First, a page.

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Int J Vitam Nutr Res. 2016 Jun;86(3-4):215-227. doi: 10.1024/0300-9831/a000273. Epub 2017 Apr 24.

Diabetes Management by Probiotics: Current Knowledge and Future Pespective.

Author information

1
1 Department of Food Science and Technology, Faculty of Nutrition and Food Sciences, Tabriz University of Medical Sciences, Tabriz, I. R. Iran.
2
2 Endocrinology and Metabolism Research Center, Endocrinology and Metabolism Clinical Sciences Institute, Tehran University of Medical Sciences, Tehran, I. R. Iran.
3
3 Department of Nutrition, Faculty of Nutrition and Food Sciences, Tabriz University of Medical Sciences, Tabriz, I. R. Iran.
4
4 Department of Midwifery, Tabriz Branch, Islamic Azad University, Tabriz, I. R. Iran.
5
5 Obesity and Eating Habits Research Center, Endocrinology and Metabolism Molecular-Cellular Sciences Institute, Tehran University of Medical Sciences, Tehran, I. R. Iran.

Abstract

Diabetes mellitus, a multifactorial disorder, is related to the intestinal microbiota via numerous molecular mechanisms. The vast increase in the prevalence of diabetes and its associated complications requires a natural and safe solution. There is a growing evidence of gut microbiota effi ciency in improving insulin resistance, impaired insulin secretion, and metabolic complications in diabetic patients. Probiotics are defi ned as live microorganisms that, when ingested in adequate amounts, exert health benefi ts to the host. Probiotics can increase insulin sensitivity and reduce autoimmune responses by modulating intestinal microbiota and decreasing the infl ammatory reactions and oxidative stress. Recent evidences show that the intestinal microbiota infl uences the host through modulating intestinal permeability and mucosal immune response, manipulating eating behaviors by appetite-regulating hormones, including agouti related protein (AgRP), glucagon like peptide-1 (GLP-1) and neuropeptide Y, and controlling gut endocannabinoid (eCB) system which is now believed to be associated with infl ammation and diabetes. Moreover, intestinal microbiota control the host metabolism by affecting energy extraction from food and by biochemically converting molecules derived from the host or from gut microbes themselves. Experimental studies and clinical trials support the hypothesis that the modulation of the intestinal microbiota by probiotics, especially Lactobacillus and Bifidobacterium strains may be effective in prevention and management of diabetes. This review will highlight the current evidences in probiotic effectiveness and future prospects for exploring probiotic therapy in prevention and control of diabetes.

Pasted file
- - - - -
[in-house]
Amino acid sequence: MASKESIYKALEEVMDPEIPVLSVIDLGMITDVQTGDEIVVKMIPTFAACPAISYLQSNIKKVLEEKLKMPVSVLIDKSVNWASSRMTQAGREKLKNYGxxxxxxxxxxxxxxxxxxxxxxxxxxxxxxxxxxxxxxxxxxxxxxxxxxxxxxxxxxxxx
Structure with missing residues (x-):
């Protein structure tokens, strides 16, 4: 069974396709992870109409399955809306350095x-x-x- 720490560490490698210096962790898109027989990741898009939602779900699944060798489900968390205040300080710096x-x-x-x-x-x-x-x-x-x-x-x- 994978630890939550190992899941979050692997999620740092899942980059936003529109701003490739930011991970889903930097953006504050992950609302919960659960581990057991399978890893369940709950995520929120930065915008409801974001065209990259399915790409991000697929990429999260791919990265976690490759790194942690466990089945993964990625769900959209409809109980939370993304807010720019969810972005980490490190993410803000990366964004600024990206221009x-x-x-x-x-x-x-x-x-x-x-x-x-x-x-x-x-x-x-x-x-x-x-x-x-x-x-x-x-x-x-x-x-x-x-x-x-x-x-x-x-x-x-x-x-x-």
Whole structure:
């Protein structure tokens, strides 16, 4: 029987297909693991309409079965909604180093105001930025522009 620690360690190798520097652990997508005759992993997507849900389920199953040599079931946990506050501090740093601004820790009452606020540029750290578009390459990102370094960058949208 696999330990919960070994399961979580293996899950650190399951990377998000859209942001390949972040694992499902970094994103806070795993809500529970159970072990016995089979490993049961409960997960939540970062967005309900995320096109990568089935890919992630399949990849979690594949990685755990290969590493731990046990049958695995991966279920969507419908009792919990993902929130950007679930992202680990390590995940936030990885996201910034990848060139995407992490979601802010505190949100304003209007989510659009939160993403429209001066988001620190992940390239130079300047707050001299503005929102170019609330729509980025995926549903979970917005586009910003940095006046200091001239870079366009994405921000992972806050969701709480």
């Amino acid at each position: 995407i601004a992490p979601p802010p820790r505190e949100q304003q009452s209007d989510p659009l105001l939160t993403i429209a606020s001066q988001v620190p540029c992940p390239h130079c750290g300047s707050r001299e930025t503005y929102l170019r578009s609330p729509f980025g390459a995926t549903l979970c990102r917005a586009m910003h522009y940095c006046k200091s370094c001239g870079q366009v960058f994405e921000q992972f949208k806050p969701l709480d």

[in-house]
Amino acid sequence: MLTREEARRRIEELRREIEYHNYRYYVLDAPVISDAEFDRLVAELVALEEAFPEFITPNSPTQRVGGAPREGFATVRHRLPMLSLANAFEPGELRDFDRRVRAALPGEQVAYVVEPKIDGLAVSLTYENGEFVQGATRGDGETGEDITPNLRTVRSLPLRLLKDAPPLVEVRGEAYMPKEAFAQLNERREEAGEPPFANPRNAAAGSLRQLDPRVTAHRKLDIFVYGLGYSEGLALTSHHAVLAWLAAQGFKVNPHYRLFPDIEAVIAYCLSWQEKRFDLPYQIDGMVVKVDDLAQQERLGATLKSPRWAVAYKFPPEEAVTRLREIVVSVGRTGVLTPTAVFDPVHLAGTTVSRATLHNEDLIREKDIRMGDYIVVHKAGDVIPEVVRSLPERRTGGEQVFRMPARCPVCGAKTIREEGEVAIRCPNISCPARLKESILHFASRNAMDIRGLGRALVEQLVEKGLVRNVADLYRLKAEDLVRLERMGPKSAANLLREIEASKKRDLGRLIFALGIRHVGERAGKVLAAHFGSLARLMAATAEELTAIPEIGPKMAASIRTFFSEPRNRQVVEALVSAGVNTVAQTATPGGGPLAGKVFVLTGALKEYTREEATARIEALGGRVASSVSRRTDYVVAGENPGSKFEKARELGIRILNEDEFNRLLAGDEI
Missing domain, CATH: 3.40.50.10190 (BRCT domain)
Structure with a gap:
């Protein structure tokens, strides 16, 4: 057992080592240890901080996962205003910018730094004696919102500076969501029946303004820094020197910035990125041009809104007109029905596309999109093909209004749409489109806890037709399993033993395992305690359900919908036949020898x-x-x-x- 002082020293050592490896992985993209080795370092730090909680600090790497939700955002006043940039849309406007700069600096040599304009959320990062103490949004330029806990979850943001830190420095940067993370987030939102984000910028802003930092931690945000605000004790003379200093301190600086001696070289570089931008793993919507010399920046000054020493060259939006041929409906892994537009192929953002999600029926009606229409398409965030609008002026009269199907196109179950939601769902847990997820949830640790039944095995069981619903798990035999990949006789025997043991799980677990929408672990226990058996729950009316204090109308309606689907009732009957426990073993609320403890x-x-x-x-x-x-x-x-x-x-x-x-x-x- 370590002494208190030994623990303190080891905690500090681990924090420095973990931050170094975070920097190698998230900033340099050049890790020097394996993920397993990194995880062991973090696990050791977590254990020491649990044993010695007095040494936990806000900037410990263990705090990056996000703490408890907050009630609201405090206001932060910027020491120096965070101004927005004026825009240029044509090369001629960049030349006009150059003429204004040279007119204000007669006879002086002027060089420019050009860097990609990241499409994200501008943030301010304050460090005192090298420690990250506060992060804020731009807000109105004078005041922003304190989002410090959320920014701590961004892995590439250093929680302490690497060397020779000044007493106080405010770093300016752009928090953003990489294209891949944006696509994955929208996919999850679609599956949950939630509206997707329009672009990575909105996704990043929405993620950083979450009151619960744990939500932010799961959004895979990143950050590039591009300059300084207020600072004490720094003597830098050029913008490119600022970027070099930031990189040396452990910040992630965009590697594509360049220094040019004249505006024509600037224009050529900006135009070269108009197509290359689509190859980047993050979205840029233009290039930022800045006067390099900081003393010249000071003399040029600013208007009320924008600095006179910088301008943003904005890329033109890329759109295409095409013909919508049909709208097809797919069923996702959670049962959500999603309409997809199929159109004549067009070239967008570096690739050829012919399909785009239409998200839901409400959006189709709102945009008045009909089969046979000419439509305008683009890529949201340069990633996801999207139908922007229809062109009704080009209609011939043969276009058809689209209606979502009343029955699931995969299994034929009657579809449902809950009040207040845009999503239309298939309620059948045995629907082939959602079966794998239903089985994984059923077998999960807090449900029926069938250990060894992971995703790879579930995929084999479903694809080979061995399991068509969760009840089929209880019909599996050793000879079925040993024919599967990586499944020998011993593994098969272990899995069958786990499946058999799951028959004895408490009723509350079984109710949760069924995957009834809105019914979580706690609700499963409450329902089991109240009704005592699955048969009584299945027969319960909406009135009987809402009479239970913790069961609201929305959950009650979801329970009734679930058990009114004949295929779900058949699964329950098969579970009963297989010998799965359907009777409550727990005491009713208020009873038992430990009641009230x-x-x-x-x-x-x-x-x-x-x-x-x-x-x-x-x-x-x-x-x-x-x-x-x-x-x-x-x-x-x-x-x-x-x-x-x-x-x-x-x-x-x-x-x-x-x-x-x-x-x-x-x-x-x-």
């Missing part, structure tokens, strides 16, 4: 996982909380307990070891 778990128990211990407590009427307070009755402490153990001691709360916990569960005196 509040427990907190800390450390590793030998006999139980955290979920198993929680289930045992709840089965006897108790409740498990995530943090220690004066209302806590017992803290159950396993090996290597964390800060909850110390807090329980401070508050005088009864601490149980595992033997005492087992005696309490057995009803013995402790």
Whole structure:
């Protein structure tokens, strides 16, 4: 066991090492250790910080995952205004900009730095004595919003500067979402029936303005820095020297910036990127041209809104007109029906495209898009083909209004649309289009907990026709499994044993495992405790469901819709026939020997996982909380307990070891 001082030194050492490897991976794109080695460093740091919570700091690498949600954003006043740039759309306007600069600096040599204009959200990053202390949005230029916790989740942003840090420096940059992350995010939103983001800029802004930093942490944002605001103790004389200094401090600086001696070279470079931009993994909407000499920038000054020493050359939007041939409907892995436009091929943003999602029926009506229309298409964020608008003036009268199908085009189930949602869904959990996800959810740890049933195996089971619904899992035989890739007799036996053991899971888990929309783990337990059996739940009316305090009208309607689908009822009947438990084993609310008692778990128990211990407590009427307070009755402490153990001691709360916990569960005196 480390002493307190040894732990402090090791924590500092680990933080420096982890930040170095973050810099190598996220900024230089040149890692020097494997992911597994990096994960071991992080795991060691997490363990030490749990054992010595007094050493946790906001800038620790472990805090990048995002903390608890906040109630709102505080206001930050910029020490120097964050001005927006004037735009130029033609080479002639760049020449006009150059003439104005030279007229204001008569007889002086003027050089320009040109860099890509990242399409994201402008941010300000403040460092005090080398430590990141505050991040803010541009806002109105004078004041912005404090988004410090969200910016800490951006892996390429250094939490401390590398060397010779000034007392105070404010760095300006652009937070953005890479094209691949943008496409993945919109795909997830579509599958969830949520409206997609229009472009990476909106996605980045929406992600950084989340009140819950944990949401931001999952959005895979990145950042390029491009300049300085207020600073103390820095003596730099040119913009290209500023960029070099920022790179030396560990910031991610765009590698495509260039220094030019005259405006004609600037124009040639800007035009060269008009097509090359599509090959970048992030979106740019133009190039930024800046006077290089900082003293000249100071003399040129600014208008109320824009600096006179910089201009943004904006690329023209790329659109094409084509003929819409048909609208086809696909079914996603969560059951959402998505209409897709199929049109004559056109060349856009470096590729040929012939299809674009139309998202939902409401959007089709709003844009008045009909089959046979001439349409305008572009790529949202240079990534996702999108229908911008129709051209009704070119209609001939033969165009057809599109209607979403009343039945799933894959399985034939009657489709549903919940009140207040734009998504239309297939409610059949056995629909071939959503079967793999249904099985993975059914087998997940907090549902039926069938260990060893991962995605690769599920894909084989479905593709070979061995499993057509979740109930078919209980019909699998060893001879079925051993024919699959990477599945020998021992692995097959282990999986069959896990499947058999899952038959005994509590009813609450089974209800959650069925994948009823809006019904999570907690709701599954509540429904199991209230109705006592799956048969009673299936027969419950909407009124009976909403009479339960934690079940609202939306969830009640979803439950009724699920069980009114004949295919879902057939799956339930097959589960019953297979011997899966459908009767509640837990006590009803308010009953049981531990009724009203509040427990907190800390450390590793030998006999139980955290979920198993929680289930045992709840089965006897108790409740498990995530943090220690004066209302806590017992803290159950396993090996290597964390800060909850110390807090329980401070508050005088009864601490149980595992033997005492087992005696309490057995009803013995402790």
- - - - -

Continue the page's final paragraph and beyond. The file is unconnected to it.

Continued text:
KEYWORDS:

diabetes; future perspectives; gut microbes; intestinal microbiota; probiotics

PMID:
28436760
DOI:
10.1024/0300-9831/a000273

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